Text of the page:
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What Is A Computer Worm & How Does It Work?

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A computer worm “is a self-replicating virus that does not alter files but resides in active memory and duplicates itself.” Worms live and replicate within the operating system that is invisible to the computer user.

Users typically encounter the worms when their computer starts to slow down substantially due to the resources taken up by the worm during self-replication.

Whereas viruses need some form of intervention from the computer user, such as opening an e-mail attachment or link, worms can spread without the help of the user. Worms also do not need a host program to spread.

Worms exploit system vulnerabilities (i.e., weaknesses or flaws in the computer operating system or management of the system) to intrude a computer or network. Once the worm is inside the computer, it replicates and causes damage similar to viruses, such as destroying or stealing data, sending e-mails to other computers by using the address book, and infecting other computers. Worms replicate via network connections.

Removing a worm from an infected computer is very difficult because the worm is intertwined with the system. If antivirus or antimalware software does not remove the worm, users may have to do a clean install of the operating system.

Similar to viruses, worms are not only a threat to computers but also to Bluetooth devices such as mobile phones, health trackers, wireless surveillance cameras, connected-drive cars, and similar devices.

Research suggests that Bluetooth worms spread quickly to other devices. The first mobile worm, called Cabir, was discovered in 2004 and infected Nokia devices via unsecured Bluetooth connections during the 2005 10th World Athletic Championships in Helsinki. Cabir accessed the contacts in the user’s phone and sent itself to other users.

Worms create several risks to computers and mobile devices, including (1) risks to the integrity of the computer system, (2) risks to maintaining the confidentiality of information on the computer, (3) risks to the availability of computer files, and (4) Internet slowdown. Table 1 provides a list of the five most destructive worms.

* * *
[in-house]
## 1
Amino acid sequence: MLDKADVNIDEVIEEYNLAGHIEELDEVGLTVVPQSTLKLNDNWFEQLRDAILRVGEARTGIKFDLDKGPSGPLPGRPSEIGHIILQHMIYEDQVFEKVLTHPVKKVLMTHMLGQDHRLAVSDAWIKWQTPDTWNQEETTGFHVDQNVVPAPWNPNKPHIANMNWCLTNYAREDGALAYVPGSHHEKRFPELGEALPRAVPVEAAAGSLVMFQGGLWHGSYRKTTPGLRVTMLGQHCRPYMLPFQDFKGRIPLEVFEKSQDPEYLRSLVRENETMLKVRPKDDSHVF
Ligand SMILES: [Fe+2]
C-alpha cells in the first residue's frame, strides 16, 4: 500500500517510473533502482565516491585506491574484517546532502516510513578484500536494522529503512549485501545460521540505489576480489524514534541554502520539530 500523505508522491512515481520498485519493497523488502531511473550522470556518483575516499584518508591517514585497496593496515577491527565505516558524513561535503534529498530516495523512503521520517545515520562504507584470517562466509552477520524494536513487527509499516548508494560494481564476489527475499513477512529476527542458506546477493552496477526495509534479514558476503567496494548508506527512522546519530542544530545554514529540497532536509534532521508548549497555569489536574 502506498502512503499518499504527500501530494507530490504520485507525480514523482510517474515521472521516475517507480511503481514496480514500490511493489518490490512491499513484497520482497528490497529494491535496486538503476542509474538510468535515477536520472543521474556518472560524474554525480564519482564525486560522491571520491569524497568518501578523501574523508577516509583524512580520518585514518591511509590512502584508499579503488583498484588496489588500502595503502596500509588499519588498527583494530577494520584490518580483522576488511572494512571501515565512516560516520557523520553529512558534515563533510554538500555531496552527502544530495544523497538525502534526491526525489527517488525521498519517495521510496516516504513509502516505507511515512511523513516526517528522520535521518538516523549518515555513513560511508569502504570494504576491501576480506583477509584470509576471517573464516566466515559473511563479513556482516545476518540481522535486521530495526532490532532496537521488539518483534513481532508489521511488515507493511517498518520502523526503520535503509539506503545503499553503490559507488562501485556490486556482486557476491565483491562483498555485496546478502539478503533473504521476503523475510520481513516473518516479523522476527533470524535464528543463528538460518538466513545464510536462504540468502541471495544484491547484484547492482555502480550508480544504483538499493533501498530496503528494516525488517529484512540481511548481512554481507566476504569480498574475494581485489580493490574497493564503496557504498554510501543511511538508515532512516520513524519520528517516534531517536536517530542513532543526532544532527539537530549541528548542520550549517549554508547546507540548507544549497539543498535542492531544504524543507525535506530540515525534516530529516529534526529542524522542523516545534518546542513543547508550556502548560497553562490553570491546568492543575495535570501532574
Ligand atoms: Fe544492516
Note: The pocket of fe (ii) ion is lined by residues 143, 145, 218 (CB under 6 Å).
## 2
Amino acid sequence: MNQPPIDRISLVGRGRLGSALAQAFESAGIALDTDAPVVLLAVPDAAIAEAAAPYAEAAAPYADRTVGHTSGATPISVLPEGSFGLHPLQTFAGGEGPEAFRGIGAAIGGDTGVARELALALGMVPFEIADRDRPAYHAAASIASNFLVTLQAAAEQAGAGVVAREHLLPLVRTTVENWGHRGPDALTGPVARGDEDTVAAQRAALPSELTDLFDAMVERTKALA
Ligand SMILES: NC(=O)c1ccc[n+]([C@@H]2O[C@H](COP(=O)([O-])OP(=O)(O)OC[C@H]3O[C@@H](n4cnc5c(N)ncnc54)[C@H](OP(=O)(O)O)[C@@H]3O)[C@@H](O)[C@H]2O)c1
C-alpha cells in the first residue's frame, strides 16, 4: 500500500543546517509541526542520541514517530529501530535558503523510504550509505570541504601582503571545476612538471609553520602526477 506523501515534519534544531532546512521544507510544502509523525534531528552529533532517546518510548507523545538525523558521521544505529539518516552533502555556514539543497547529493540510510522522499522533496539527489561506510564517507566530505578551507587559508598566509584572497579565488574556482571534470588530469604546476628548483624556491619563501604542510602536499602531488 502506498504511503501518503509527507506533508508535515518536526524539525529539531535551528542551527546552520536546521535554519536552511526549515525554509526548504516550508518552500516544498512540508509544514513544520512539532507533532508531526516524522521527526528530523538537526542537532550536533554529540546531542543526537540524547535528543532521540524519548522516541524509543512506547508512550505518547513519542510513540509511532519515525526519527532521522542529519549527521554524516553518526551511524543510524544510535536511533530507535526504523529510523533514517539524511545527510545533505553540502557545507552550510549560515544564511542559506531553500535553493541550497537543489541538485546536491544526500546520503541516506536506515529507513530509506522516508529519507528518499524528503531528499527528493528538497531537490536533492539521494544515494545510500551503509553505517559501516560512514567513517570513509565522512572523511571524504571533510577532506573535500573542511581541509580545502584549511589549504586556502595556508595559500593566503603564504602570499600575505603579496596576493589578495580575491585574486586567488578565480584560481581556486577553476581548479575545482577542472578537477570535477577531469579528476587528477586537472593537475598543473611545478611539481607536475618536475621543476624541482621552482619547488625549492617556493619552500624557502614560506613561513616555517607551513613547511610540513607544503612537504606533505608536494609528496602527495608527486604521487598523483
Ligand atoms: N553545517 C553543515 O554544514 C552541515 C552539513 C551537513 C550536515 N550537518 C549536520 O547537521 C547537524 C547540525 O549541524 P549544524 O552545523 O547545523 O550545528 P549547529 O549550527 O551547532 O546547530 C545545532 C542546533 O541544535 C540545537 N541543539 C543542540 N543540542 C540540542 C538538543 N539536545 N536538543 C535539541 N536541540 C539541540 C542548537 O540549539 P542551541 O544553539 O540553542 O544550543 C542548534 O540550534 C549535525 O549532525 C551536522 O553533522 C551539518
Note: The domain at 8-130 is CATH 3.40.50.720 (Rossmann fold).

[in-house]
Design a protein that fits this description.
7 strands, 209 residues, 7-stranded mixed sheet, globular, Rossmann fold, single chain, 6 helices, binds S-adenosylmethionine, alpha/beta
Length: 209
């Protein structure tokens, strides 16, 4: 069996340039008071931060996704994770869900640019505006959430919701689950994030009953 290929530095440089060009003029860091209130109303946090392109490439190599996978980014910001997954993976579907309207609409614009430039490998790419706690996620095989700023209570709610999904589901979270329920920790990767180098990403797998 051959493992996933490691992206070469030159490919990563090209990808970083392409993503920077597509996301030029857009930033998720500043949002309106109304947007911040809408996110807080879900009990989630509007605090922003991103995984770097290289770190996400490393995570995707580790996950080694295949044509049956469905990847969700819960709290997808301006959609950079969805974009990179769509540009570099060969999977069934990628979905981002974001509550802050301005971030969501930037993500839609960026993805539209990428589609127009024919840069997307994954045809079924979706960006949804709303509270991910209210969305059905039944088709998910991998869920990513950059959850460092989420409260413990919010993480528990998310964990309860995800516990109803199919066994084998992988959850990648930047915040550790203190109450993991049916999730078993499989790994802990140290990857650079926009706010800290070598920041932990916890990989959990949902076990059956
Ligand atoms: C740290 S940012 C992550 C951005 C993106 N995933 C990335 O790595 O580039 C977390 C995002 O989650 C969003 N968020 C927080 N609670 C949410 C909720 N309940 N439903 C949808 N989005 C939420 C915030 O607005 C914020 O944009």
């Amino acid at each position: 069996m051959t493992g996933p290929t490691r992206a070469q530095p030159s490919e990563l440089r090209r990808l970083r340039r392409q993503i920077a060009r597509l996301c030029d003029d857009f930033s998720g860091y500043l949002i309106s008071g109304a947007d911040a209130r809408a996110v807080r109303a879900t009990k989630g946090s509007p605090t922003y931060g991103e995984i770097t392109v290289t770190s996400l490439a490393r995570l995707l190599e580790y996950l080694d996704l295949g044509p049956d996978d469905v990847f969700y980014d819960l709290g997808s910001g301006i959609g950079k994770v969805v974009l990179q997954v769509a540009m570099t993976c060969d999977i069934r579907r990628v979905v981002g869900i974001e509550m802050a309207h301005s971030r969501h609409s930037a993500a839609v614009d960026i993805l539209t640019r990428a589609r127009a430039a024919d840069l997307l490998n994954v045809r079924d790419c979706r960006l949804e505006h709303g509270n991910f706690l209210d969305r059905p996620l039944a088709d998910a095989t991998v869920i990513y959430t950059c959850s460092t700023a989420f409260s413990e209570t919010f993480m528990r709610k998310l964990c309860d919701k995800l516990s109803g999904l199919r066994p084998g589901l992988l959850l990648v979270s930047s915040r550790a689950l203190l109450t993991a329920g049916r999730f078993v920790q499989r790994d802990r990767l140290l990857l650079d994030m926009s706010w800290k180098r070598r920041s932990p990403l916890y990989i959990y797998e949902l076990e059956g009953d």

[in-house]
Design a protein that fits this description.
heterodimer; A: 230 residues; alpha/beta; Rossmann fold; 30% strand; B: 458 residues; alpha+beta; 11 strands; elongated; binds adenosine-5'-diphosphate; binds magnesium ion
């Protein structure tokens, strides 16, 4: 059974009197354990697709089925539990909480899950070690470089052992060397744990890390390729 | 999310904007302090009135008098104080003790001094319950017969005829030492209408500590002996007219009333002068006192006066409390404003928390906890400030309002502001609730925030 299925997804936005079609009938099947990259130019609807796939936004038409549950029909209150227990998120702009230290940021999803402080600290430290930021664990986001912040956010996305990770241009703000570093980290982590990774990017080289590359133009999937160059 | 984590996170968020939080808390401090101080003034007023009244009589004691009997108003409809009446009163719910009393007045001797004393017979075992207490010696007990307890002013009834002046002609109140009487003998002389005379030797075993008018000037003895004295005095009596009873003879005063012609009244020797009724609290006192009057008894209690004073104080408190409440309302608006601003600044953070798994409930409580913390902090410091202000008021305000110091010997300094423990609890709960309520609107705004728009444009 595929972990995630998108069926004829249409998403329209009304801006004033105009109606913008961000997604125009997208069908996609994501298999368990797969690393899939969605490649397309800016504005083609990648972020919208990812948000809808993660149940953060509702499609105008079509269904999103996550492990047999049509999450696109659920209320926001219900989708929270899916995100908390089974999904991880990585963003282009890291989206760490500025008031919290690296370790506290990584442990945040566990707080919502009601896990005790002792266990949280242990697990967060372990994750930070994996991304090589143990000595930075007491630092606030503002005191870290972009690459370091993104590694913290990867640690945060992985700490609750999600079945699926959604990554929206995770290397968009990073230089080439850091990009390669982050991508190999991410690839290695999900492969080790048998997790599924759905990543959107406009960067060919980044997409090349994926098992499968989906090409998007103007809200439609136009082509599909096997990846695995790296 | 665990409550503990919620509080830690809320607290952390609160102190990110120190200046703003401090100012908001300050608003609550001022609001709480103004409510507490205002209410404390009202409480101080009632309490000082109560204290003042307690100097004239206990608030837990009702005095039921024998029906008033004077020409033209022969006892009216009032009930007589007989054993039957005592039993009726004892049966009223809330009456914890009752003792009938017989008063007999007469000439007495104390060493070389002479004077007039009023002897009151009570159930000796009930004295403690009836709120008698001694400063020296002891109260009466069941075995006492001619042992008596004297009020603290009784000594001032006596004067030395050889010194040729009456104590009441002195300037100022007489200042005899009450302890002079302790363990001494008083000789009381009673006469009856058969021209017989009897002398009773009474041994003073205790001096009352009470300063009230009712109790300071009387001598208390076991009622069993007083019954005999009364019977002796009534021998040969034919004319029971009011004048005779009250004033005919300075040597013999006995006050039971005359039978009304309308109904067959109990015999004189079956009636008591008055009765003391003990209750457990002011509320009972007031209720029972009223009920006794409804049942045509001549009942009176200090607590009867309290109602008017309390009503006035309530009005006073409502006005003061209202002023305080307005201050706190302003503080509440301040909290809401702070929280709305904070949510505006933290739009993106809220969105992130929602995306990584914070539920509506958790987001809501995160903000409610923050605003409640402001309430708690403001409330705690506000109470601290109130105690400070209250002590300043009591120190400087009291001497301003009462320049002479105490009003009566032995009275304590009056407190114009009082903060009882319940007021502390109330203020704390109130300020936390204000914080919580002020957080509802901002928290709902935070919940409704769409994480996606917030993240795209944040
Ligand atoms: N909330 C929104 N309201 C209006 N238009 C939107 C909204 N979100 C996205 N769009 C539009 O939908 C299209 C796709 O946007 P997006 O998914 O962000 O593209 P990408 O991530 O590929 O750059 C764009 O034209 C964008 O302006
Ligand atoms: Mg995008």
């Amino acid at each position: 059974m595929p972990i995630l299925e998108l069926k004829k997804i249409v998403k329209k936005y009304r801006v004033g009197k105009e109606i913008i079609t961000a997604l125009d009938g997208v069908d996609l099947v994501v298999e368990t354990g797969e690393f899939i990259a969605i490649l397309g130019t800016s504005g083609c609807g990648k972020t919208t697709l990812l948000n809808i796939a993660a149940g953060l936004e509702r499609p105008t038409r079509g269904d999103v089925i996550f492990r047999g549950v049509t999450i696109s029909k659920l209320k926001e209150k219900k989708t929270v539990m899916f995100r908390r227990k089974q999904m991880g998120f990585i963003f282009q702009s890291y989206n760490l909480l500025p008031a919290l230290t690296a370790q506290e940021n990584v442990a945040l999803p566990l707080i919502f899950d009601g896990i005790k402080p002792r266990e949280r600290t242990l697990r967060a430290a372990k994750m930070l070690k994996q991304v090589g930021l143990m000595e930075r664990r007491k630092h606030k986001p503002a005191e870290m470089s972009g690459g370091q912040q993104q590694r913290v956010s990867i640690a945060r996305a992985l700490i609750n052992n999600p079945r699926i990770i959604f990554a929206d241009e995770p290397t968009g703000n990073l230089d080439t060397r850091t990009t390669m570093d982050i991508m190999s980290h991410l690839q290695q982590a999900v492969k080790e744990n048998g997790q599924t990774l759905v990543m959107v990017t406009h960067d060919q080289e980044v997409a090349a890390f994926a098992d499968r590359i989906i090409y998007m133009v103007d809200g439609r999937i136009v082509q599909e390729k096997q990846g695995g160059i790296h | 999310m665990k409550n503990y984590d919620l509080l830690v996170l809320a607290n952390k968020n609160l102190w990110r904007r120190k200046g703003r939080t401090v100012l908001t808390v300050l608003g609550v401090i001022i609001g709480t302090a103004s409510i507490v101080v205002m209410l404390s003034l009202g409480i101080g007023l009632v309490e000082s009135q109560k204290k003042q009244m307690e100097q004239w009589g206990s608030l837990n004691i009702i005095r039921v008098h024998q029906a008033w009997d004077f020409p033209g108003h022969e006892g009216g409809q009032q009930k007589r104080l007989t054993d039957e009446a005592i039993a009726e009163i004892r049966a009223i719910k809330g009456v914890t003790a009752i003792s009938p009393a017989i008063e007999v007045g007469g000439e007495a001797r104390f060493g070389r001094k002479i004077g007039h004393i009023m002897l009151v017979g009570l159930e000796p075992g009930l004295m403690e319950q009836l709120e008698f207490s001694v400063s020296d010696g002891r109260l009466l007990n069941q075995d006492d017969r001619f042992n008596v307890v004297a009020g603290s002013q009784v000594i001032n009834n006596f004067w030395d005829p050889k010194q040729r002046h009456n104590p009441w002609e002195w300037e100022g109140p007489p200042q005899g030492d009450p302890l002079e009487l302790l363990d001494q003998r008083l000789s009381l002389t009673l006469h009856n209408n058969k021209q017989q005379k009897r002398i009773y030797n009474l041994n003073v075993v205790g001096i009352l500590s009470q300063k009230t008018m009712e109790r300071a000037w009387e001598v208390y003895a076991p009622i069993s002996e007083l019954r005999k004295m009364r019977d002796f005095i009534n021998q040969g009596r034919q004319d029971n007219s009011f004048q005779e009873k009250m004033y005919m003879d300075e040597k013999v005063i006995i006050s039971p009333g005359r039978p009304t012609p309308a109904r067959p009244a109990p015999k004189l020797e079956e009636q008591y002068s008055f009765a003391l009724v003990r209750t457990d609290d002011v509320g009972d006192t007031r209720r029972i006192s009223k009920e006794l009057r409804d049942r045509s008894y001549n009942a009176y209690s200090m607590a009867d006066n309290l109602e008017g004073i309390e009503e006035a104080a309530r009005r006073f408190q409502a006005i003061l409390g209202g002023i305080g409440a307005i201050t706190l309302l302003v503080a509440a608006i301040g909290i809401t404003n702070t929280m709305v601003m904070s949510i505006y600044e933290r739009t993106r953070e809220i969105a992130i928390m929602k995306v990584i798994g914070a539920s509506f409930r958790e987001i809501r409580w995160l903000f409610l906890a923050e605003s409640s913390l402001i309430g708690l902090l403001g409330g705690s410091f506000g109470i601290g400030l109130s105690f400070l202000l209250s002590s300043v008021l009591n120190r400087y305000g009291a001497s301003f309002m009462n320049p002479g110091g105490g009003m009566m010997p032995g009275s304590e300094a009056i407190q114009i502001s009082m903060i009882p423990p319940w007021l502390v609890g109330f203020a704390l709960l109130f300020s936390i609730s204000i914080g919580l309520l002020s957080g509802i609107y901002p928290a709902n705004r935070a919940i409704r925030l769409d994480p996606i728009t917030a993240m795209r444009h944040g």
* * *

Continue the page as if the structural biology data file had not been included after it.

Table 1 The Five Most Destructive Worms

Worm Year Released Origin Damage
Mydoom 2004 Russia $38 billion
Sobig 2003 United States Crashed internet gateways and e-mail servers

$37 billion

I LOVE YOU 2000 Philippines 10% of the World’s PCs

$15 billion

Conficker 2007 Ukraine Infected millions of PCs

$9.1 billion

Sasser 2004 Germany Infected critical infrastructures

$18 billion

Risks Created by Worms

The integrity of the computer system

Some worms will cause the pop up of messages such as “I think (user’s name) is a big, stupid jerk!” This worm was called the WM/97 Jerk worm. After the message was displayed, users could continue to work. Other worms may not only show a message but also lock the computer when the message disappears.

Confidentiality of information on the computer

The user should be the only one who has access to the computer and information stored on the computer. Some worms breach this confidentiality. For instance, the Koobface worm infected computers of users who clicked on a link to update their Adobe Flash. Once inside the operating system, the Koobface worm started to send advertisements for software and recorded the clicks of the user and web searches, which were then sold to the malicious authors of the Koobface worm. This type of worm is also used by criminals who engage in identity theft to steal passwords, credit card numbers, or tax returns.

Availability of computer files

Worms can interfere with users’ access to their files by making files unavailable, damaging files, or slowing down the computer. For instance, the Michelangelo worm upon activation began damaging computer files by overwriting the information in these files.

Internet slowdown

In January of 2016, the Slammer worm caused network interruptions across the United States, Asia, and Russia. The worm also infected the network of news provider ABC and caused hundreds of cash machines of the Bank of America to be unavailable. The Slammer further disabled websites of major credit card companies and shut down more than 900 systems in the DoD. Worms such as the Slammer can have very serious impacts on network systems and national security.

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About Ahmad Faizan

Mr. Ahmed Faizan Sheikh, M.Sc. (USA), Research Fellow (USA), a member of IEEE & CIGRE, is a Fulbright Alumnus and earned his Master’s Degree in Electrical and Power Engineering from Kansas State University, USA.